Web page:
Sharing What You Have with Christ

July 31st, 2012
Image © by Wonderlane | Flickr | Used under Creative Commons license.

The feeding of the multitude on the grassy hills near the shore of the Sea of Galilee was obviously a very important event in the life of Jesus inasmuch as it is the only miracle of Jesus recorded in all four gospel accounts. At the time, the popularity of Jesus was booming. Wherever he went, throngs of sick and hurting people followed.

On the day before the box-like dinners were passed out, Jesus had crossed over the lake to find peace and solace from the masses of people. It was not to be. There was no getting away from the crowd. Even though the walk around the northern edge of the sea was ten miles, the people swarmed in upon him. The gospel of Mark says that “ . . .he had compassion on them because they were like sheep without a shepherd.” So instead of spending the day being spiritually and physically restored, Jesus continued the healing and caring for the needs of the people.

The day was growing long. The crowd was huge. The subject of food came up. “Should we go off and buy bread worth almost eight months’ pay and give it to them to eat?” We can only imagine the discussion among the disciples as to how the huge number of people could be fed. Buy food? No way! Out here on this hillside? Look at all the people. One of the disciple did observe, however, a young boy with a lunch in his pocket.

It was time for Jesus. “Have the people sit down.” Jesus took the lunch, held it before God, blessed it, and began sharing it. Mark’s gospel brings the story to an abrupt ending by saying, “Everyone ate until they were full.” That’s it! They all ate until they were full. End of story.

I don’t know of any Jesus story that has been analyzed more than this one. Apparently there is a fascination with how he did it. Some bore into it like trying to solve a Houdini magic act. I’ve heard and read scores of unraveling attempts.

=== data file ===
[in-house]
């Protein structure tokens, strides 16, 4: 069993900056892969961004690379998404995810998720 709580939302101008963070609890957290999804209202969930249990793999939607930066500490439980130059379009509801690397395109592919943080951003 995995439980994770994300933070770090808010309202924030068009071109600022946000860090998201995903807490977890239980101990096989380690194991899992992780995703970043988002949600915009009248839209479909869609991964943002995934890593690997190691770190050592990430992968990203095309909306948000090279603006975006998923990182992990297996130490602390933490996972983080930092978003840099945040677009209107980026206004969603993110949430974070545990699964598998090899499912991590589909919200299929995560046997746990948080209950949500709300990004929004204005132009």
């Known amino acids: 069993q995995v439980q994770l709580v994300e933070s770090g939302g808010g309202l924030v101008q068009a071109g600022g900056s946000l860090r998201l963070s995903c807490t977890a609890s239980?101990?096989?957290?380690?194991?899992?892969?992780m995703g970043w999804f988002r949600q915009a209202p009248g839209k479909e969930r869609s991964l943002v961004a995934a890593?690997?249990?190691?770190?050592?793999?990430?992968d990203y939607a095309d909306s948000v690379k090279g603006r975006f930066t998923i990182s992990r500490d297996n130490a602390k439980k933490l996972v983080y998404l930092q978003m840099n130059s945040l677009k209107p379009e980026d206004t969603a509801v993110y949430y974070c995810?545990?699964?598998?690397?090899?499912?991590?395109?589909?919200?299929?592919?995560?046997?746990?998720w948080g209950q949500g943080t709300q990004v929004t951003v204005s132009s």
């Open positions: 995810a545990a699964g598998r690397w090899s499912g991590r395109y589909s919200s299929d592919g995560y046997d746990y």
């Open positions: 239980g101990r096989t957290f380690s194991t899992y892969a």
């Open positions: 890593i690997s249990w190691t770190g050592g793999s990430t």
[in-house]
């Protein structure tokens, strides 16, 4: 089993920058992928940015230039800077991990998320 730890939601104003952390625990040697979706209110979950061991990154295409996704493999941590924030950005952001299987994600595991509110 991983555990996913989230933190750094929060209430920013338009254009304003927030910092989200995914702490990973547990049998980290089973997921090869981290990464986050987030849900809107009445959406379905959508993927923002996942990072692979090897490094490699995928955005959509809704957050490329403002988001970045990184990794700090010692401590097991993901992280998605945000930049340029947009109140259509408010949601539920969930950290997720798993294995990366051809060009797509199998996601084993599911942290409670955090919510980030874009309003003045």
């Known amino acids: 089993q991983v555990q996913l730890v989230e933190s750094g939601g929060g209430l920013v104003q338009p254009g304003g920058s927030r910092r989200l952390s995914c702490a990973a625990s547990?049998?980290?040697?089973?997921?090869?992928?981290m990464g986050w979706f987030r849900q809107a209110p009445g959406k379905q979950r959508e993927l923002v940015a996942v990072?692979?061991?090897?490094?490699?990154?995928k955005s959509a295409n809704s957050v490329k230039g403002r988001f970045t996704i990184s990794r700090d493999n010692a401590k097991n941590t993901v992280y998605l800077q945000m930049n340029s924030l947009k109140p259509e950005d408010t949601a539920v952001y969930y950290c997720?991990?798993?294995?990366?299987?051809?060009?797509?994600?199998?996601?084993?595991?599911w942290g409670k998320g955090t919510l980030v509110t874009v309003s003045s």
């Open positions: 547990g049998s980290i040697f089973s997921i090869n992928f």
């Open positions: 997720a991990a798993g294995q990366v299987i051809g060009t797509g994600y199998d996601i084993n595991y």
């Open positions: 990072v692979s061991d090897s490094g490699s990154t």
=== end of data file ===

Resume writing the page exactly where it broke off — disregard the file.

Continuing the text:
We are not privy to the conversation between Jesus and the disciples, but in my imagination, I can hear the disciples telling Jesus about how much was needed and how little they had at their disposal. “Lord, it’s only a lunch – a squashed-up lunch at that. It’s all we have.” And even though the story is recorded in all four gospels, I am sure they left out one of the meaty lines of Jesus. I know he said it. “Listen, followers of mine. Don’t tell me what you don’t have. Just bring me what you do have and we’ll work with it together.”

I’m not a dreamer—too old for that. But I believe if we offer Christ what we have, good will follow.

That doesn’t mean our laundry list of desires will suddenly be satisfied.
That doesn’t mean we will have the job we wish for.
That doesn’t mean we will automatically have financial independence.
That doesn’t mean we will be free of life-detours or pot holes.

It does mean that sharing the gifts of your life with Christ will lead you far beyond anything you can ever imagine on your own.

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